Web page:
If you haven't seen the Disney Pixar movie, Wall-E, you should really check it out. Watch it a few times and you'll really get the important environmental message this movie is trying to convey. It's a big one hidden by some adorable characters, but totally worth understanding.
The movie is about a sensitive trash compactor robot named Wall-E (Waste Allocation Load Lifter•Earth-class), who was left on Earth after the planet had become so toxic that humans could no longer survive on it. He and his many robot companions were part of "project cleanup," spearheaded by the corporate bigheads at the Buy n Large corporation. While robots scoured the Earth, humans were supposed to live in vacation-liner luxury on a BnL ship near a lovely purple nebula, and then return when the mess was all taken care of.
Unfortunately, as the years passed, things have gone a bit wrong. The humans are now on year 700 of their space vacation, and Wall-E lives a lonely existence on a planet covered in skyscraper-high spirals of garbage he's built. He spends his days with a little cockroach pal, compacting trash and collecting intriguing bits of garbage.
Through Wall-E's eyes, we see what humanity has become. Low space gravity over many generations and centuries of time has turned humans into boneless blobs who scoot around on antigravity chairs, constantly eat and drink BnL fast food products, and are waited on hand-and-foot by robots. They're all constantly plugged into the internet, doing everything in virtual reality and obeying every command to "consume" that's piped over the BnL ship's loudspeakers. This almost seems too close to current reality as we watch our nation today do practically the same thing; become obese by being less active and consuming more and more terrible food.
One of the terrifically interesting subtexts of Wall-E is that our hero robot has survived over 700 years by recycling. By gathering up pieces of useful garbage and storing it in his garbage truck home, Wall-E always manages to have spare parts that he can use to repair himself. Through this message, we can assume that Wall-E and his robot counterparts are more suited to take care of the planet because they had no need to create more waste, but, rather have to reuse it to survive. The humans, however, have only become more deeply programmed over the years. They eventually return to Earth less capable of taking care of it than when they left. They learned nothing other than to be consumers and to produce more waste.
Although some people feel this movie is dark and degrading to humans, it does give us a smack-in-the-face about what could actually happen if we don’t do something about all the waste we create each day.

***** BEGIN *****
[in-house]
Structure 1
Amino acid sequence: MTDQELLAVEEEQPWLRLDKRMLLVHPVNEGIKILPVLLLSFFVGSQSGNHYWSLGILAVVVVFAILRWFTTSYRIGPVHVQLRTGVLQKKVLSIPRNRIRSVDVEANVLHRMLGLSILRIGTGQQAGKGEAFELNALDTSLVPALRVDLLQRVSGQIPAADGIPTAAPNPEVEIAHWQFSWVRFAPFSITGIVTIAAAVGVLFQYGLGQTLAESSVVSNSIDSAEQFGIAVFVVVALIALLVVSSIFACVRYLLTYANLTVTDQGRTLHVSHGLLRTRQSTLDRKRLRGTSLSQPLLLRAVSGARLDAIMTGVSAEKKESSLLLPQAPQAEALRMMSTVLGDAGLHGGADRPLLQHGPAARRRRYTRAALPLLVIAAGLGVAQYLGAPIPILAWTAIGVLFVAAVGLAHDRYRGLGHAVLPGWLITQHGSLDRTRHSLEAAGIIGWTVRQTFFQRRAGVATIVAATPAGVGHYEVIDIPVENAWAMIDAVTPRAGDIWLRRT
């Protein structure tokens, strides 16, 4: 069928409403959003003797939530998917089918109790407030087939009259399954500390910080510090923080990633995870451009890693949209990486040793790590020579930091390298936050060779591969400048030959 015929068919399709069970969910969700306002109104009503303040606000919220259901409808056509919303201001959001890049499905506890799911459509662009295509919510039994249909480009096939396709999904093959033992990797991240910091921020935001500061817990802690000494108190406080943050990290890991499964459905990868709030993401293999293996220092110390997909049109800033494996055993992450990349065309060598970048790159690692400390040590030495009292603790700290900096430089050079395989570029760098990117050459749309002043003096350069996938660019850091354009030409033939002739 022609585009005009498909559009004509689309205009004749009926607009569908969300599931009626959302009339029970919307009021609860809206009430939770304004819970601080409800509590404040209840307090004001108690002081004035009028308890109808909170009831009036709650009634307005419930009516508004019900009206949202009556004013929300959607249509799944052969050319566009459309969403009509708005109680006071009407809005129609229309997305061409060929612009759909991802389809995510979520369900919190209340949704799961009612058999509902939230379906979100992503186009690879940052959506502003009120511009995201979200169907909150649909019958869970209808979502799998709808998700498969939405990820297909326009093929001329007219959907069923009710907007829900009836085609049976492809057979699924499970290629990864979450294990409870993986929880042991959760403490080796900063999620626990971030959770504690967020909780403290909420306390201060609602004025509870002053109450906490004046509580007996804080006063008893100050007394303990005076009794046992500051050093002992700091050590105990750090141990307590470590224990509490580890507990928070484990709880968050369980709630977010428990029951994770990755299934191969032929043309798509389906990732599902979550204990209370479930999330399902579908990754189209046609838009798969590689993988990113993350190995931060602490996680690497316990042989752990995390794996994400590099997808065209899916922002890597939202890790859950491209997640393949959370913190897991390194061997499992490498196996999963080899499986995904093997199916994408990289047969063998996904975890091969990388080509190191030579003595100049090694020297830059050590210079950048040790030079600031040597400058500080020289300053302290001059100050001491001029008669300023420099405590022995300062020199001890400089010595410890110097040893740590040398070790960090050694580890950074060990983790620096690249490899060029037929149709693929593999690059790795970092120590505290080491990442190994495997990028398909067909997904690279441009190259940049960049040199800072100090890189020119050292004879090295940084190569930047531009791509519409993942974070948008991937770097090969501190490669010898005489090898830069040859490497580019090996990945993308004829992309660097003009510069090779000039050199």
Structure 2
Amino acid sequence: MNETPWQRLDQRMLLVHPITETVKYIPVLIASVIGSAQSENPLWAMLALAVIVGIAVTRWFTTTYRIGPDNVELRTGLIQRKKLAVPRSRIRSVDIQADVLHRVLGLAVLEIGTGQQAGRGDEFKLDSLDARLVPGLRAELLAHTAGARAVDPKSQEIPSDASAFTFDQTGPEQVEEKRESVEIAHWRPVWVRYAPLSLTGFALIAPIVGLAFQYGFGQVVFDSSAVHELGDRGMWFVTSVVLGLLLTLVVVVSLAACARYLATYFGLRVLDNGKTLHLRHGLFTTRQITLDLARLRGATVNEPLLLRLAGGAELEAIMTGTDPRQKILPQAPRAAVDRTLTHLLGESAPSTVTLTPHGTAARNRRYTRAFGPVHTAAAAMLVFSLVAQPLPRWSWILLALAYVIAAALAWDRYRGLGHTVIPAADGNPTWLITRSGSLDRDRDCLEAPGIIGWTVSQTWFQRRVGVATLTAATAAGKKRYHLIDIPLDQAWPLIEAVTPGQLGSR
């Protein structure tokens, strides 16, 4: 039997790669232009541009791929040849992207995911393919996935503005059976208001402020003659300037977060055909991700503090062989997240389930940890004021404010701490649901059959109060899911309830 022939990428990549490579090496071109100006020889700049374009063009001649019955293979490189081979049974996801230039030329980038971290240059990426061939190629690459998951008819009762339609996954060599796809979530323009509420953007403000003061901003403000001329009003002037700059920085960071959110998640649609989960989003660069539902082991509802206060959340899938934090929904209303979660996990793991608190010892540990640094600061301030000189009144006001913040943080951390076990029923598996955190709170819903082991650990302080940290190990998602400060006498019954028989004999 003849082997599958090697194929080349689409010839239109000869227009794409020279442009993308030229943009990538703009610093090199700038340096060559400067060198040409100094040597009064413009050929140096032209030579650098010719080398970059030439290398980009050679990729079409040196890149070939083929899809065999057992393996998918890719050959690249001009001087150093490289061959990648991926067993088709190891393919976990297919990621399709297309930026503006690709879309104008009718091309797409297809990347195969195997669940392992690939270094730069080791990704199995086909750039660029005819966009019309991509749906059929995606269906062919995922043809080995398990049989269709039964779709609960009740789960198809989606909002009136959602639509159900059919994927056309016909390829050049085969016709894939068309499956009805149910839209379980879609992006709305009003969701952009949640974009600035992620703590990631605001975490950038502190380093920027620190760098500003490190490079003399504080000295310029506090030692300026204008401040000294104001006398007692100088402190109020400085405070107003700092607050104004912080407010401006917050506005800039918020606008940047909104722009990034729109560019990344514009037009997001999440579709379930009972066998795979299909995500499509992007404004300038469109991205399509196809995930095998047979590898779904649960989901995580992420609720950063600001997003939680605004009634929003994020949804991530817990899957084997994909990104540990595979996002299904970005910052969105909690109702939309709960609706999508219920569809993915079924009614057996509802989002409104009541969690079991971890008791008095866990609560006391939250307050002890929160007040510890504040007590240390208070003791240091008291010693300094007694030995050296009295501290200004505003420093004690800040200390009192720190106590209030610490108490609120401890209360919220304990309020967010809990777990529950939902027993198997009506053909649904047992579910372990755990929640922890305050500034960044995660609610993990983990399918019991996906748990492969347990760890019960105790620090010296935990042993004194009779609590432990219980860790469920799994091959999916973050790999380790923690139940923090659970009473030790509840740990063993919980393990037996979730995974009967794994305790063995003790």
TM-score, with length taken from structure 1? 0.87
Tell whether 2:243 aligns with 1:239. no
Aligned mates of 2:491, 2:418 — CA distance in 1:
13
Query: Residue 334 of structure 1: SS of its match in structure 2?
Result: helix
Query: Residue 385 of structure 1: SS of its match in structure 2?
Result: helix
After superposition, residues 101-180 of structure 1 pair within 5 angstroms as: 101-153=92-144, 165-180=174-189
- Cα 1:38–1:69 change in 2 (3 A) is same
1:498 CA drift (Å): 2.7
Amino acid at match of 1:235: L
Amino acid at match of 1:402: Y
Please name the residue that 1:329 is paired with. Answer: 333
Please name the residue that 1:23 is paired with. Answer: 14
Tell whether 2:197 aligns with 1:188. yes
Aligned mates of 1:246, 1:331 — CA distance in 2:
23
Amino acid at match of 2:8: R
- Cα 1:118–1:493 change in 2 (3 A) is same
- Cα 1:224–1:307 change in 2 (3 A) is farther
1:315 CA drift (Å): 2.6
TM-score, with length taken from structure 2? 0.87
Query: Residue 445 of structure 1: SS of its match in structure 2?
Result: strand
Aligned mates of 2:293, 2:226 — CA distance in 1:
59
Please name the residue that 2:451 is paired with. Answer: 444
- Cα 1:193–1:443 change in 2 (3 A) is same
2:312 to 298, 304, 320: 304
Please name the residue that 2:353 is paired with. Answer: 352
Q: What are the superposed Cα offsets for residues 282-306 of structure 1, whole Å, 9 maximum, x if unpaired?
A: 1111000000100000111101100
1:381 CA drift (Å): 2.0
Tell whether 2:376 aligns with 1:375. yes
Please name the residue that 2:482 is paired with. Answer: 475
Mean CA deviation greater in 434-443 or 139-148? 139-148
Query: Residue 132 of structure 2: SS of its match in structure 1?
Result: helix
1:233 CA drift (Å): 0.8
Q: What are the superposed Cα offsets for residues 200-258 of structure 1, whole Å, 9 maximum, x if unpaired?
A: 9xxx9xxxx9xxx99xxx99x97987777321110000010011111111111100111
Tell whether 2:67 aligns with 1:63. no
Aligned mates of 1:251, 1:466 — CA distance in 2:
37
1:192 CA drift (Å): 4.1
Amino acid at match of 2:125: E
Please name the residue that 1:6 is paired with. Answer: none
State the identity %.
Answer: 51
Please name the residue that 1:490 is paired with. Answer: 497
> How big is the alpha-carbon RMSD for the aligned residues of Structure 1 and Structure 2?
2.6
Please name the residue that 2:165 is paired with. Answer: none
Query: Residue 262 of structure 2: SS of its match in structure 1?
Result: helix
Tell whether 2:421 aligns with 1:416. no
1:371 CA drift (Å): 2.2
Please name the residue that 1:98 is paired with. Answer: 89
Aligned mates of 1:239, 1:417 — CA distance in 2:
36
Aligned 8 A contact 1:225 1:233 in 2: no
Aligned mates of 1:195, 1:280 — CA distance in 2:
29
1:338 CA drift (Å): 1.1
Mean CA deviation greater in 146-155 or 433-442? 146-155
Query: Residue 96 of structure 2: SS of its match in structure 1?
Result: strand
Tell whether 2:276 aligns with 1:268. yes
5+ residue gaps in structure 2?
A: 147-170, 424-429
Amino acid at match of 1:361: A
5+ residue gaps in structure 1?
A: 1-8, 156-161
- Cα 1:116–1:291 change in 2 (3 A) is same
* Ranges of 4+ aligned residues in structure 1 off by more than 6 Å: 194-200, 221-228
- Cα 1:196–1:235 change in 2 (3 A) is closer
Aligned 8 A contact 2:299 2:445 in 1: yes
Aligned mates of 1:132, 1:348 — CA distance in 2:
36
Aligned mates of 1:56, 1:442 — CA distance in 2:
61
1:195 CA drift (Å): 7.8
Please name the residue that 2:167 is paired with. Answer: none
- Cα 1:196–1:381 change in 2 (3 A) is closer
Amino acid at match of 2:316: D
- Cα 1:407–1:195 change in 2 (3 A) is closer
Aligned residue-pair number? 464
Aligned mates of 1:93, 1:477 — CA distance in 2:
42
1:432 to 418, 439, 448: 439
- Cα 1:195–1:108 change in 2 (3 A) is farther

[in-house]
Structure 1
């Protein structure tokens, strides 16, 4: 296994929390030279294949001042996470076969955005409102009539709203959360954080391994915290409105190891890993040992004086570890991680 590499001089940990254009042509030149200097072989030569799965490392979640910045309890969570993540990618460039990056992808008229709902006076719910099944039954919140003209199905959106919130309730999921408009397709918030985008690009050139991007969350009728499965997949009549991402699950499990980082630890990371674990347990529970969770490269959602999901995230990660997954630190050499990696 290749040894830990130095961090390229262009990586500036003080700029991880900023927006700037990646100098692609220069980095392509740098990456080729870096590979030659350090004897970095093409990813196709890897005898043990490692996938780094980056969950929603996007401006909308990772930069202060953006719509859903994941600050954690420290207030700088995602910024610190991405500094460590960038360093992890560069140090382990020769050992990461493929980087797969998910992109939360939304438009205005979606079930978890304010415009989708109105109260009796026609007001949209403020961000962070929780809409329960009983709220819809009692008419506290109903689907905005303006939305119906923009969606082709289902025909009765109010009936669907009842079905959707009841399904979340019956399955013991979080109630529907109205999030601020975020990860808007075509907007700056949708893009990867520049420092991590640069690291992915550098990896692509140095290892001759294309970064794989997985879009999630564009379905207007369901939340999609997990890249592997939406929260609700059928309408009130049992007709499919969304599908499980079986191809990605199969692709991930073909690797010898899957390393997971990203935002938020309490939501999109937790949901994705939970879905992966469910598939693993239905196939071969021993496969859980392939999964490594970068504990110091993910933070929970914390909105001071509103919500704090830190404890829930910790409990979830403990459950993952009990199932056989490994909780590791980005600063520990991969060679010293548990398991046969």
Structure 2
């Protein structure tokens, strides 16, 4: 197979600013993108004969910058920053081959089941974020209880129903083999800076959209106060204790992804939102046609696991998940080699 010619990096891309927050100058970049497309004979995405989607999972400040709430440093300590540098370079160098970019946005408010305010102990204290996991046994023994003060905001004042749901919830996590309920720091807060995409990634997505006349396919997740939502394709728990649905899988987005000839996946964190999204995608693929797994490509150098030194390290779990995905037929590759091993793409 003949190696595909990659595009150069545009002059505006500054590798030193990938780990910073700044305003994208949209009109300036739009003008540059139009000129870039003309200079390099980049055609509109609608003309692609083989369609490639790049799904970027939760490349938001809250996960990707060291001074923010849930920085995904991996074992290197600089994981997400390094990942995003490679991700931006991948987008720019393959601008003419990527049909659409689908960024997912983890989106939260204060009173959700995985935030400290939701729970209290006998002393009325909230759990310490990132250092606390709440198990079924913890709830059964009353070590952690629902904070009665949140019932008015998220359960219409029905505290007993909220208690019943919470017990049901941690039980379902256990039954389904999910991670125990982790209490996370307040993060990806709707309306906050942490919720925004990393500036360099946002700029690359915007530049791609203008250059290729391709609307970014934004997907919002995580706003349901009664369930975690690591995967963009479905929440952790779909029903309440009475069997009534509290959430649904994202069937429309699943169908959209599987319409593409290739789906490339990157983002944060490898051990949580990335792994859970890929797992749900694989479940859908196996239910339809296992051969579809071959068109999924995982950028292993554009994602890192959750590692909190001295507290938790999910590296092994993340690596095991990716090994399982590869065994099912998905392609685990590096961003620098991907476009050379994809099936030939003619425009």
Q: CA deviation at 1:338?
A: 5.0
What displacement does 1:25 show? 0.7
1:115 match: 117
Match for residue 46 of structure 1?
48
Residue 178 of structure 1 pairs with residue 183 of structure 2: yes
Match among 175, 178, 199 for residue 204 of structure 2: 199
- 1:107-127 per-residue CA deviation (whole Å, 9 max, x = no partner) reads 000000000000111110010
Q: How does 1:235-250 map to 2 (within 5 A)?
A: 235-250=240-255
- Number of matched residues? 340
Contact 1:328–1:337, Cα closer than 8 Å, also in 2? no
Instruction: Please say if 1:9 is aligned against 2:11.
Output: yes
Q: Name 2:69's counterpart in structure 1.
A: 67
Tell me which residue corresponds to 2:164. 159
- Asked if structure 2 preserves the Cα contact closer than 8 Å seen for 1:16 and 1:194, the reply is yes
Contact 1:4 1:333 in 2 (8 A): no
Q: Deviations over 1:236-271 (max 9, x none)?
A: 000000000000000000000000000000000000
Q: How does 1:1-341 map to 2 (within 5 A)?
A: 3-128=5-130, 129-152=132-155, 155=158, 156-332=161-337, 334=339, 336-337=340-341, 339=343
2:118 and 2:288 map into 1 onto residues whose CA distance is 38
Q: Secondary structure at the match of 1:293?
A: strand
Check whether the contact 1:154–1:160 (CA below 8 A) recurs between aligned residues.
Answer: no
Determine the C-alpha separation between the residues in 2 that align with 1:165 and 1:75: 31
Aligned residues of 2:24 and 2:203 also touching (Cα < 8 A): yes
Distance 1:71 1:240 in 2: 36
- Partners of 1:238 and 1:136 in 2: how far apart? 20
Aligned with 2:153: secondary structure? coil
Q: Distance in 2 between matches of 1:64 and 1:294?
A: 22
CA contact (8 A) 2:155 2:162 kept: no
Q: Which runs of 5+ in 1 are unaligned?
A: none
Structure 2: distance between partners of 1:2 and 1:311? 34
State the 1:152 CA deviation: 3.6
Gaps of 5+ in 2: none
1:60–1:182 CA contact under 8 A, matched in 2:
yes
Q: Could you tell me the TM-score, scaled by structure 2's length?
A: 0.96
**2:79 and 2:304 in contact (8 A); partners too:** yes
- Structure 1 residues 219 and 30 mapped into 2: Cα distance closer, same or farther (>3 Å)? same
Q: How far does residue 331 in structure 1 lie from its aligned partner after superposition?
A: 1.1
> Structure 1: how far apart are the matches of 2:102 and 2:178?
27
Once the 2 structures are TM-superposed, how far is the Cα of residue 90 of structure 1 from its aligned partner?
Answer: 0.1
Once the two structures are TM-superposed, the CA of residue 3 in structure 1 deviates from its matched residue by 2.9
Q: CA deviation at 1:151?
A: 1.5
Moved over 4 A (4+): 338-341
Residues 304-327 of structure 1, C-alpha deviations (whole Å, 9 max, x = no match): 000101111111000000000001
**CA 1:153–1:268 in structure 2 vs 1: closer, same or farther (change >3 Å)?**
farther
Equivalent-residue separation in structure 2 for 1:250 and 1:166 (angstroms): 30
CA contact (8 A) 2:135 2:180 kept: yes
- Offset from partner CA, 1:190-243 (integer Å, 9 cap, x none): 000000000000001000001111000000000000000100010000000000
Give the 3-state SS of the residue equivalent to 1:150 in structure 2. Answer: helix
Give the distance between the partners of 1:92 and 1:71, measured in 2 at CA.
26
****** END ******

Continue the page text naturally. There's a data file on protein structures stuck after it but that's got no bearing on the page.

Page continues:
If you think about it, we’re constantly bombarded with messages to buy the new latest gadget, whether it be a new Blue-ray player, or a plasma TV, even if our current DVD or tube-TV is still in good working order. With these new purchases comes more trash; sure we could give it away to someone else, but then where does it go from there? Usually to some landfill to rot in the middle of the ocean. Gross.
Even locally, recycling still hasn’t caught on like it should. For example, in my current dietetic rotation, I’m working in School Food Service. While here, I’ve observed what kids eat each day (whether from the cafeteria or not), and what they throw away. I’ve been absolutely disturbed by two things: 1) The amount of food kids throw away, and 2) The lack of recycling by the kids and school administration.
For example, I stood by the garbage cans in the cafeteria at lunch while kids threw away entire lunches of un-opened yogurt cups, un-touched turkey sandwiches and packages of pretzels, and half-full containers of water and milk. I couldn’t believe that kids were doing this! Don’t they care how much this food costs? Apparently the parents don’t know about what’s going on, because if they did, they wouldn’t waste their money. Well, I wouldn’t at least.
Rather than throwing all this food away to go pile up in landfills, the school should start a composting program. At least some of the food could be turned back into soil rather than just go to waste.
Then, with recyclable bottles, cans and paper bags, they just go straight in the trash too. The kids just don’t rather that instead these items could be turned into a new product that someone else could use.
Due to my frustration, I meet with the school administration in an attempt to correct this situation. The assistant principle told me that the custodians just don’t have the time to help recycle, and so, they wouldn’t reinforce this important message, even though there are bins in the school and a recycling program within the town. There is a school environmental club that was supposed to be responsible for taking the recyclables to the bins outside, but for some reason they stopped doing it. So now, the recycling just gets thrown in the trash.
The elementary school in this school system is the only one to have an intricate composting program, but that’s only because 10 adult volunteers have taken this upon themselves. Without them, nothing would happen.
Today we have no excuse to not recycle or even compost scrap food (or unwanted food in the case of the students). We need to do this to prevent our world from becoming something that needs a Wall-E to clean up. We also need to do it for our children and our children’s children. Otherwise, they might end up like the obese blobs vacationing in space that we learned about in the Disney movie.
On this day where American has sworn in a new president, we need to take responsibility for our environment. Take a lesson from Wall-E: We have to recycle, we should compost as much as possible and we just need to learn how to produce less waste. Believe in change and make it happen. If we don’t, we’ll have nothing left to pollute.